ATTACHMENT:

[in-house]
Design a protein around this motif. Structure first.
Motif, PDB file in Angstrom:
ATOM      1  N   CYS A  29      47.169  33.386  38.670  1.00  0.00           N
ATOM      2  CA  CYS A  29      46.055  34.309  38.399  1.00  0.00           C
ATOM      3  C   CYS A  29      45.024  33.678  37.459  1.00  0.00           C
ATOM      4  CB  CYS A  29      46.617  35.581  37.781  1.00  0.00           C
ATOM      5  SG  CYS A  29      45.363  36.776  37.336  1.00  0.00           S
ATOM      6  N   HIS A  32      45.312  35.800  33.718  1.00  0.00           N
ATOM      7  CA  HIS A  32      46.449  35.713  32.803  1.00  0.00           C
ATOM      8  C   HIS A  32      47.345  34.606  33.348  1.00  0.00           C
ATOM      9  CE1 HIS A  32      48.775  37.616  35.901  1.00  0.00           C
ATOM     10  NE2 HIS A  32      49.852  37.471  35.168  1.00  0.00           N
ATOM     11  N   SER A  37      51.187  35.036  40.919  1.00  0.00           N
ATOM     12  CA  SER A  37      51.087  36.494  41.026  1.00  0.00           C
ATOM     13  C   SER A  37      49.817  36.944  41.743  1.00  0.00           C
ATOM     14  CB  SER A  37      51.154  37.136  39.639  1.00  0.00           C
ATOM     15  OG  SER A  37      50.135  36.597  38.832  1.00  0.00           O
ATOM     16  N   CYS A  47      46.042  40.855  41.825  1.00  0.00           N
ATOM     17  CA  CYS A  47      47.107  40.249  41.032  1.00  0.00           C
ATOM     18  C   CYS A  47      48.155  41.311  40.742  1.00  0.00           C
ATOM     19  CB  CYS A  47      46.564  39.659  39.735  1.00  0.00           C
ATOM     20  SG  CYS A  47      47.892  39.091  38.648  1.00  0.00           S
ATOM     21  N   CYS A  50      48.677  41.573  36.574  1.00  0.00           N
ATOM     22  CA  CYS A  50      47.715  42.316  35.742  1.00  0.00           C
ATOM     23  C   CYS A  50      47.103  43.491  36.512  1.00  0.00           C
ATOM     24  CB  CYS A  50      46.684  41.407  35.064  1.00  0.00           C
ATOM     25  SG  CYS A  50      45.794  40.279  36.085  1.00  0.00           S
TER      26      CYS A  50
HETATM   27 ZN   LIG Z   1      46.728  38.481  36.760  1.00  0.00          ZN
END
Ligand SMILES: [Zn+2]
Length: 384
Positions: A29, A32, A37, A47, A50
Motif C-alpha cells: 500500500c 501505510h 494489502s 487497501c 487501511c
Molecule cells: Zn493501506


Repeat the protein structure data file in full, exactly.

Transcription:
[in-house]
Design a protein around this motif. Structure first.
Motif, PDB file in Angstrom:
ATOM      1  N   CYS A  29      47.169  33.386  38.670  1.00  0.00           N
ATOM      2  CA  CYS A  29      46.055  34.309  38.399  1.00  0.00           C
ATOM      3  C   CYS A  29      45.024  33.678  37.459  1.00  0.00           C
ATOM      4  CB  CYS A  29      46.617  35.581  37.781  1.00  0.00           C
ATOM      5  SG  CYS A  29      45.363  36.776  37.336  1.00  0.00           S
ATOM      6  N   HIS A  32      45.312  35.800  33.718  1.00  0.00           N
ATOM      7  CA  HIS A  32      46.449  35.713  32.803  1.00  0.00           C
ATOM      8  C   HIS A  32      47.345  34.606  33.348  1.00  0.00           C
ATOM      9  CE1 HIS A  32      48.775  37.616  35.901  1.00  0.00           C
ATOM     10  NE2 HIS A  32      49.852  37.471  35.168  1.00  0.00           N
ATOM     11  N   SER A  37      51.187  35.036  40.919  1.00  0.00           N
ATOM     12  CA  SER A  37      51.087  36.494  41.026  1.00  0.00           C
ATOM     13  C   SER A  37      49.817  36.944  41.743  1.00  0.00           C
ATOM     14  CB  SER A  37      51.154  37.136  39.639  1.00  0.00           C
ATOM     15  OG  SER A  37      50.135  36.597  38.832  1.00  0.00           O
ATOM     16  N   CYS A  47      46.042  40.855  41.825  1.00  0.00           N
ATOM     17  CA  CYS A  47      47.107  40.249  41.032  1.00  0.00           C
ATOM     18  C   CYS A  47      48.155  41.311  40.742  1.00  0.00           C
ATOM     19  CB  CYS A  47      46.564  39.659  39.735  1.00  0.00           C
ATOM     20  SG  CYS A  47      47.892  39.091  38.648  1.00  0.00           S
ATOM     21  N   CYS A  50      48.677  41.573  36.574  1.00  0.00           N
ATOM     22  CA  CYS A  50      47.715  42.316  35.742  1.00  0.00           C
ATOM     23  C   CYS A  50      47.103  43.491  36.512  1.00  0.00           C
ATOM     24  CB  CYS A  50      46.684  41.407  35.064  1.00  0.00           C
ATOM     25  SG  CYS A  50      45.794  40.279  36.085  1.00  0.00           S
TER      26      CYS A  50
HETATM   27 ZN   LIG Z   1      46.728  38.481  36.760  1.00  0.00          ZN
END
Ligand SMILES: [Zn+2]
Length: 384
Positions: A29, A32, A37, A47, A50
Motif C-alpha cells: 500500500c 501505510h 494489502s 487497501c 487501511c
Molecule cells: Zn493501506